“Marion Downs has been a particular inspiration to me because of her persistence and commitment to make a difference despite overwhelming challenges.”
A cloud-based data management portal directs referrals to the closest service providers. Our current project provides this sensory screening to 6000 pre-schoolers in an underserved South African community. The aim is to ensure healthy learning by eliminating possible hearing and vision barriers.
With all of your activities and a young family, how do you relax away from work? Do you have any advice about maintaining a work / life balance?
My best relaxation happens when I’m away with my wife and two kids. It’s wonderful how kids can draw you away from the pressures of work. They need it and I need it! So we plan ahead, especially before or after busy travel schedules, to set aside a week here and there to get away. My wife’s good at keeping a calendar in the kitchen to keep track of my schedule to ensure we have enough of these times set aside.
Community care workers facilitating the Peek Vision acuity test.
Smartphone linked to calibrated headphone for hearScreen App.
If you had any advice for your 21-year-old self, what would it be?
Life has many unexpected turns, for better and for worse. Keep the faith and stay focused on what matters most. Invest in quality relationships. These chart the course of your life to a very large degree.
Who do you look towards as your role models / mentors?
I had the privilege of getting to know Marion Downs early on in my career and had the honour to deliver the Marion Downs Pediatric Lecture at the AudiologyNOW! meeting many years ago. She’s been a particular inspiration to me because of her persistence and commitment to make a difference despite overwhelming challenges. Addressing issues relating to hearing healthcare in underserved world regions like Africa bring about many of the same challenges she faced when pushing for universal newborn hearing screening way before her time. Her resilience and drive ultimately resulted in universal screening and this vision is now benefiting thousands of young children with hearing loss around the world. I draw great strength from her example.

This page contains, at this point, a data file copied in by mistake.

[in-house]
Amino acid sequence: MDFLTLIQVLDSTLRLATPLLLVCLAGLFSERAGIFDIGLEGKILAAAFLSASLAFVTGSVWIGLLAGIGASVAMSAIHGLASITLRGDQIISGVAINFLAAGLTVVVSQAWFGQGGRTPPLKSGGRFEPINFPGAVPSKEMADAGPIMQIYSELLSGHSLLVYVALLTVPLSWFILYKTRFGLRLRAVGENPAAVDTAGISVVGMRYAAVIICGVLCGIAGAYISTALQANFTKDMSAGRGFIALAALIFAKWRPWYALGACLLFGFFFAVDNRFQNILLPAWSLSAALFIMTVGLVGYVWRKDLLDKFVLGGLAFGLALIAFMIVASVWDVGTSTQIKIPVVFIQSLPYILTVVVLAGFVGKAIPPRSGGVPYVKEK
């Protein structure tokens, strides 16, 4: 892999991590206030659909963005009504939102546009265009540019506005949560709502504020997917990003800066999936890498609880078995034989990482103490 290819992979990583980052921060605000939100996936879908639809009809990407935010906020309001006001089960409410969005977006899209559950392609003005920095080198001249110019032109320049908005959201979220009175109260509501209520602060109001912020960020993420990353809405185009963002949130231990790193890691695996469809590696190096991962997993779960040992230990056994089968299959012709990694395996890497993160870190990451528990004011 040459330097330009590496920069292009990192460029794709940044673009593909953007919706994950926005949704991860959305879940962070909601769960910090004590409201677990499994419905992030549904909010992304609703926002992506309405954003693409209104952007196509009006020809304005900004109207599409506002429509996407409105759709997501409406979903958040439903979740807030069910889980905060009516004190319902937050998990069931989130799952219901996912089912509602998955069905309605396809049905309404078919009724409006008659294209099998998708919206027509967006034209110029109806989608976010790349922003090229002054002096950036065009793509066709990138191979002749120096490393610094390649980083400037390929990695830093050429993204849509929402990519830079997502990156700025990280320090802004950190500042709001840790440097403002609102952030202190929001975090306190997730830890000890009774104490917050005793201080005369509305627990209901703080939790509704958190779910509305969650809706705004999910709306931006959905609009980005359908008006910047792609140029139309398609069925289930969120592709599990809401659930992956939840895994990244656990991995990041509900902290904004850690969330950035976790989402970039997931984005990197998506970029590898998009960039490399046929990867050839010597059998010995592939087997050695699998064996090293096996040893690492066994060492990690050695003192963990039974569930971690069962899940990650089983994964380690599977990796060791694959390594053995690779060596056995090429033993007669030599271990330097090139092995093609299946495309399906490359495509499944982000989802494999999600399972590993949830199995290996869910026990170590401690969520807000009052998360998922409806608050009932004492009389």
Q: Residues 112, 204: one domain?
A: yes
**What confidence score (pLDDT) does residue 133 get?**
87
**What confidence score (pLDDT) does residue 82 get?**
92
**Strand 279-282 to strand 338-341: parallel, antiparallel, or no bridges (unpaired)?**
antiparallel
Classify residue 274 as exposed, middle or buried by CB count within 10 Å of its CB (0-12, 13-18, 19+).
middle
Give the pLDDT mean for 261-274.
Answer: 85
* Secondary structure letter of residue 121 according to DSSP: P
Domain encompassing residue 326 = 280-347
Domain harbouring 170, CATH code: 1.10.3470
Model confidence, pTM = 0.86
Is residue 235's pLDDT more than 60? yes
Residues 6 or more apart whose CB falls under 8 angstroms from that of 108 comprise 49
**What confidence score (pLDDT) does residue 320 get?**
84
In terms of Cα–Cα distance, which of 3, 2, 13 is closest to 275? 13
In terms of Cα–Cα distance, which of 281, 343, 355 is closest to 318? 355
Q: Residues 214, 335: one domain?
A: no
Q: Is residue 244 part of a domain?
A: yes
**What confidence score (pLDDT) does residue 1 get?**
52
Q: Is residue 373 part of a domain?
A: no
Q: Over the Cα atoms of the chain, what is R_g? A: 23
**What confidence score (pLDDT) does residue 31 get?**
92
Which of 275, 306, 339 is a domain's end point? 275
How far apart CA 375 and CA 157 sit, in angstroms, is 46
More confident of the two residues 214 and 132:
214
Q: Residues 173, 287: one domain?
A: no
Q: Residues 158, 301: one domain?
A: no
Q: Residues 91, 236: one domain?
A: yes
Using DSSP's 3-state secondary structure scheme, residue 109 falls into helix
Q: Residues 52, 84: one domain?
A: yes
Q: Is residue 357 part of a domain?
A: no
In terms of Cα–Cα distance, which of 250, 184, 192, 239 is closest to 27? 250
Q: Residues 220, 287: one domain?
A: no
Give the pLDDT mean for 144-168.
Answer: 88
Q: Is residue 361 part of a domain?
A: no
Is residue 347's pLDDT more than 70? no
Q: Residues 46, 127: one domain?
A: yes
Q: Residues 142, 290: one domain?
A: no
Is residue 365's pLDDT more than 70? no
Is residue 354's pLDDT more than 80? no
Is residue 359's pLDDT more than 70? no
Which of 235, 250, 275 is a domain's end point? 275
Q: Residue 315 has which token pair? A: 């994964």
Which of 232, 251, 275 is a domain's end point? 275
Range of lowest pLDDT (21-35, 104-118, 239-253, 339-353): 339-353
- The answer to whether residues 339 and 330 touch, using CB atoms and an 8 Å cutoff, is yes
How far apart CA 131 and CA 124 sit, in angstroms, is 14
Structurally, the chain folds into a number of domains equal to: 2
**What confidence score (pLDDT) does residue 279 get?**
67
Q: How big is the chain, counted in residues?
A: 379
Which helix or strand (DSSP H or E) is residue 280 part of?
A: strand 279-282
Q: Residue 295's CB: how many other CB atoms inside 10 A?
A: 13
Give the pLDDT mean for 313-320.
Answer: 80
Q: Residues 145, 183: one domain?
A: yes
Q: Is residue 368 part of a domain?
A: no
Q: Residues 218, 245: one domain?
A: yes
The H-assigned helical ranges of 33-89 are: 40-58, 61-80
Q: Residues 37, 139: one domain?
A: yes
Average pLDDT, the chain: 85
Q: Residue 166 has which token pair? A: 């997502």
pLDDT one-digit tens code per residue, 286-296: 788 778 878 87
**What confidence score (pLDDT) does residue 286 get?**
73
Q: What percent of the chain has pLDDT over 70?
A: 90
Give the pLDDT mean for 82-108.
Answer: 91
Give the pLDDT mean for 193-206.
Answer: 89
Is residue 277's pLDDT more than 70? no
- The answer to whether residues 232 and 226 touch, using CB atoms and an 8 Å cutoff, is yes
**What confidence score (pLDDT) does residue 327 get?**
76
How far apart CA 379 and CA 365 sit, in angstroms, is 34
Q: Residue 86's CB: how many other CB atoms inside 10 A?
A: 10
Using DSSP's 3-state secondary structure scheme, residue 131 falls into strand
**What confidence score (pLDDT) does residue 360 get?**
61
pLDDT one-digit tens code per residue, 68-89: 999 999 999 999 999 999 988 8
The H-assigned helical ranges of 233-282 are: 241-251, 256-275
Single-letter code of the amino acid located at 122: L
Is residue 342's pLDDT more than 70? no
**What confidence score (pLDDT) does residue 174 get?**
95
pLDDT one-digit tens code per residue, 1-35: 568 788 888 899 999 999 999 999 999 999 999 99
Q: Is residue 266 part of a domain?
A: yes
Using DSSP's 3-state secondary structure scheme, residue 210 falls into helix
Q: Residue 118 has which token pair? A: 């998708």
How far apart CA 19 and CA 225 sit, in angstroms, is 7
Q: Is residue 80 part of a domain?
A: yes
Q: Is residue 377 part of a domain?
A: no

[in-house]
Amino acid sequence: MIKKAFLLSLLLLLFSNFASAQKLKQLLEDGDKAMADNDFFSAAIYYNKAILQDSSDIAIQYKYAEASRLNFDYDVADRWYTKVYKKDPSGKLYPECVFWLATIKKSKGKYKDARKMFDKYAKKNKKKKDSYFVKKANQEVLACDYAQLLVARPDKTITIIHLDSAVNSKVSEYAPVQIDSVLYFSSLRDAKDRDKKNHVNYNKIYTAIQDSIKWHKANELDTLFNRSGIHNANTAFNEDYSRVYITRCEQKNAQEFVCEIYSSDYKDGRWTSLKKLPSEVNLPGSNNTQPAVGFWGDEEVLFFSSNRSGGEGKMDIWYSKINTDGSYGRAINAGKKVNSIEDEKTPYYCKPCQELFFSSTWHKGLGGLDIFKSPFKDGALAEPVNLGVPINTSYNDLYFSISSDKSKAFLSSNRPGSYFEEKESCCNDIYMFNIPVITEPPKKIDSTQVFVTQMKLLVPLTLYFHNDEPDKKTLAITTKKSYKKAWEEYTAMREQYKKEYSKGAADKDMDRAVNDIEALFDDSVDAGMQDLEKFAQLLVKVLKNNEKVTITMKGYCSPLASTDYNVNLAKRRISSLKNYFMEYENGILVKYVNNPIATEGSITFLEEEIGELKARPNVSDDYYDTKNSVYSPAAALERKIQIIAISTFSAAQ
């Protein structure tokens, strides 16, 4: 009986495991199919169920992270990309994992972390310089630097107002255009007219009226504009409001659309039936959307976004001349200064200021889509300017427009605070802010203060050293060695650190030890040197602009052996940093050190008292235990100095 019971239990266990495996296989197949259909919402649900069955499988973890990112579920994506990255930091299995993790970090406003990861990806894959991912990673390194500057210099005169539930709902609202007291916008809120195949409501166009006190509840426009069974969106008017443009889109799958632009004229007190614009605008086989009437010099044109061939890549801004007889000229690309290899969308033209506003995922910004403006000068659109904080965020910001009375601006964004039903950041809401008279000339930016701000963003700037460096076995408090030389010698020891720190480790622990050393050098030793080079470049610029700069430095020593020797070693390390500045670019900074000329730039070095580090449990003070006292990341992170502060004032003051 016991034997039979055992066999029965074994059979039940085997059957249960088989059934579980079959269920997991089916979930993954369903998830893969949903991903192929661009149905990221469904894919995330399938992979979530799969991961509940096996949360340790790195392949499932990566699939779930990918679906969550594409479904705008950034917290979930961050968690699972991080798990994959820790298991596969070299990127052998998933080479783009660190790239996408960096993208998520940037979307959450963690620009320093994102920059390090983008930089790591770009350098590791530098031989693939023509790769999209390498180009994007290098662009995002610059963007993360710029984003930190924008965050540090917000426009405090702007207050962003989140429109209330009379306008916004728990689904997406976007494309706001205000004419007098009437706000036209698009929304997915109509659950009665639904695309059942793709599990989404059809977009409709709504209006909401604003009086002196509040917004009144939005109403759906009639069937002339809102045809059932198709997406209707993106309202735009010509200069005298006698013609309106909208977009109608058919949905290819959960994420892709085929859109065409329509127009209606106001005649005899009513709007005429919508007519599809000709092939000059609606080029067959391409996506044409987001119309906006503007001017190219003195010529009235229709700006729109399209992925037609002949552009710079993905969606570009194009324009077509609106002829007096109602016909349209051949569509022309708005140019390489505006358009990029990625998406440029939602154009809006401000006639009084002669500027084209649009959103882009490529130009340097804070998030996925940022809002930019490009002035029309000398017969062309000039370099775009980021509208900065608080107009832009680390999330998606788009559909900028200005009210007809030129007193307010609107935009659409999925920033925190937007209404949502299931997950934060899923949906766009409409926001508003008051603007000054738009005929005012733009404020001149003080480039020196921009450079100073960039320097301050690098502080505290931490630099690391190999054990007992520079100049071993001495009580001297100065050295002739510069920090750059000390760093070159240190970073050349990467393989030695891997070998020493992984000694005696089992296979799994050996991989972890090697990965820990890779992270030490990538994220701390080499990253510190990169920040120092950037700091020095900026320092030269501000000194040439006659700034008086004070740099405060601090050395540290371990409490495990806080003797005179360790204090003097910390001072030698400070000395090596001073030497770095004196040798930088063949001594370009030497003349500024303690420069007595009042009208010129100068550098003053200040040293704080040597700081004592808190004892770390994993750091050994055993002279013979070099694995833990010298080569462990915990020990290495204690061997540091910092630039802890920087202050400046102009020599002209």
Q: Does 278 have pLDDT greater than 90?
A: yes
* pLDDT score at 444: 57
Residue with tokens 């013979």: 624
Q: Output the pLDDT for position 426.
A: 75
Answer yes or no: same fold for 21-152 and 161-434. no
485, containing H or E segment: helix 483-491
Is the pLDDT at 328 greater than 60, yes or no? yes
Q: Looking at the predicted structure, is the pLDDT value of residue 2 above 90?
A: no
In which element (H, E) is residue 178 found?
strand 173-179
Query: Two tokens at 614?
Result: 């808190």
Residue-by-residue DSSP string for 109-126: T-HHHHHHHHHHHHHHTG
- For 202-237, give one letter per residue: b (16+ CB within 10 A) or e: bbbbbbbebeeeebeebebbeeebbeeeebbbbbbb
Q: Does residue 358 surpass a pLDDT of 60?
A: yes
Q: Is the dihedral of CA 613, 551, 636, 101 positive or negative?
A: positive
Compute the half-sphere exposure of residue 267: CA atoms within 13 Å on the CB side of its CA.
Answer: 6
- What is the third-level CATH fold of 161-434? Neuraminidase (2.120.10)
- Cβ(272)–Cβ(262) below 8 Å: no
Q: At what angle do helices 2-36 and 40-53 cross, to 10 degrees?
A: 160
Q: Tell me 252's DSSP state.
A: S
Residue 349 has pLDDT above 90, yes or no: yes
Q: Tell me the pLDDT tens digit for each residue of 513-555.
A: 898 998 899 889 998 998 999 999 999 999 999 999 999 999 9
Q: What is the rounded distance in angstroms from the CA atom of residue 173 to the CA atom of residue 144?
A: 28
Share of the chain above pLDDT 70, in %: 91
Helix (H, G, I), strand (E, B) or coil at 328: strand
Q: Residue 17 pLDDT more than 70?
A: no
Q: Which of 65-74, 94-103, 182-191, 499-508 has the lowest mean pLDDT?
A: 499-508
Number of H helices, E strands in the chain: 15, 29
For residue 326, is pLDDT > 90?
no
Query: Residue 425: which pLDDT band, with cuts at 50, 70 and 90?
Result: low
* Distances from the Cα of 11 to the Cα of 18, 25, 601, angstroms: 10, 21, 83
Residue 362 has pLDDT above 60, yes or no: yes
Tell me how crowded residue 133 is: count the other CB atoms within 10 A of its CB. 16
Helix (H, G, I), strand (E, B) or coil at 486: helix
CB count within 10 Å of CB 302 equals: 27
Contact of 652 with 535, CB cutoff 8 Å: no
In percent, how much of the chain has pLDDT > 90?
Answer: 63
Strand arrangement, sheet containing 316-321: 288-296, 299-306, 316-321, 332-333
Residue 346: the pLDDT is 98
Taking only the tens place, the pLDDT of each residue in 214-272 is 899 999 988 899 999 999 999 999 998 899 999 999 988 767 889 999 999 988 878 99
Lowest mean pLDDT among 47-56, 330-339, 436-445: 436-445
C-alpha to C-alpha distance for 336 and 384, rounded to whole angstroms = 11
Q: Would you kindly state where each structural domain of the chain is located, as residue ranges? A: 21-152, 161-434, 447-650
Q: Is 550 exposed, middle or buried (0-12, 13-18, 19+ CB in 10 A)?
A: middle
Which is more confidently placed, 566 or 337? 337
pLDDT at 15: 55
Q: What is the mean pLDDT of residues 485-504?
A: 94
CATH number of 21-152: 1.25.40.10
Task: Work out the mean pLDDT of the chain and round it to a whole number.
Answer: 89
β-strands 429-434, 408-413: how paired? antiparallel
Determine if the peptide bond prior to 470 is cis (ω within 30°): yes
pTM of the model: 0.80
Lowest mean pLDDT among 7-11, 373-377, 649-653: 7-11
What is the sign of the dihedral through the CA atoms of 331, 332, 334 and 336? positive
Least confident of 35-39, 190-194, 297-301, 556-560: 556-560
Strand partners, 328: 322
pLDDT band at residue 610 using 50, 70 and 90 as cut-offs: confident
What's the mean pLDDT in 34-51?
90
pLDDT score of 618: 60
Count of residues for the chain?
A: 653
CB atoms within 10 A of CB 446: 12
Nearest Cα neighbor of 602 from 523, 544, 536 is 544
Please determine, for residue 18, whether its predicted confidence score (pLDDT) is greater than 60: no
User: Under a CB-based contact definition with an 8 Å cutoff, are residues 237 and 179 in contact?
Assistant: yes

If a student or researcher who is new to the field asked for one book to read, what would you suggest they pick up?
For me, the classic general text remains the Handbook of Clinical Audiology, edited by Jack Katz and now in its fifth decade. It covers the range of audiological areas with subject experts writing the chapters. You can even find some mHealth mentioned in the tele-audiology chapter!
I know you travel a lot for work. What is the one item you try not to leave home without?
Talking about mHealth, apart from a passport, my smartphone is my essential travel companion. It keeps me connected. I also carry my Kindle along and catch up on reading when I’m away from home.
And finally, any other life hacks you can share? Last time we met, we discussed the finer points of the children’s expectations of presents every time we go away on a trip, your advice of ‘buy them before you leave home’ was inspired – anything else to help make life a little simpler?
I try to simplify my life wherever I can. Prioritising helps me do this and my family are a good reminder of what’s important.
Interviewed by Gareth Smith.
Declaration of competing interests: The University of Pretoria holds the IP to the hearScreen and hearZA products licensed to the hearScreen (Pty) Ltd Company for commercialisation. De Wet Swanepoel serves as a lead scientific advisor to the company.